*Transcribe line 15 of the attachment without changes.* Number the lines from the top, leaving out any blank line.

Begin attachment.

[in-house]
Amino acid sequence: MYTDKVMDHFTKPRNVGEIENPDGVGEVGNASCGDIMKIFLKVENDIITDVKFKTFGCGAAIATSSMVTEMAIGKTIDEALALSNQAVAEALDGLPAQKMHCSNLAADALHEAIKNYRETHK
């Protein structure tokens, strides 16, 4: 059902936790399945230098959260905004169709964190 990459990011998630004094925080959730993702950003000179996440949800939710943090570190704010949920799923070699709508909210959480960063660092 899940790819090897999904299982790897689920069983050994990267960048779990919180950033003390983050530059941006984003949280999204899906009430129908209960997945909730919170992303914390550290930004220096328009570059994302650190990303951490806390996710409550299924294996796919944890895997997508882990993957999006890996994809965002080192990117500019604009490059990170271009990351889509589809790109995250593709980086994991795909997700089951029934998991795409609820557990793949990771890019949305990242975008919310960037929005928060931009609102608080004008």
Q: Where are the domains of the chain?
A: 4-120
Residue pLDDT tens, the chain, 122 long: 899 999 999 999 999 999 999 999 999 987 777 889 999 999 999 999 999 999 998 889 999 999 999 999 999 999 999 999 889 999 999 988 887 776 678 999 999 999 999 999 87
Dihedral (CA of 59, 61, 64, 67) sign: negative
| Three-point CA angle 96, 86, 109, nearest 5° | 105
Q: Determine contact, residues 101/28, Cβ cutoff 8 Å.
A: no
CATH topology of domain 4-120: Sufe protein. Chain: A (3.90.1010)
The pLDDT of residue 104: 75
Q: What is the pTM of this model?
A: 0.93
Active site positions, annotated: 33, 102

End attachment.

Active site positions, annotated: 33, 102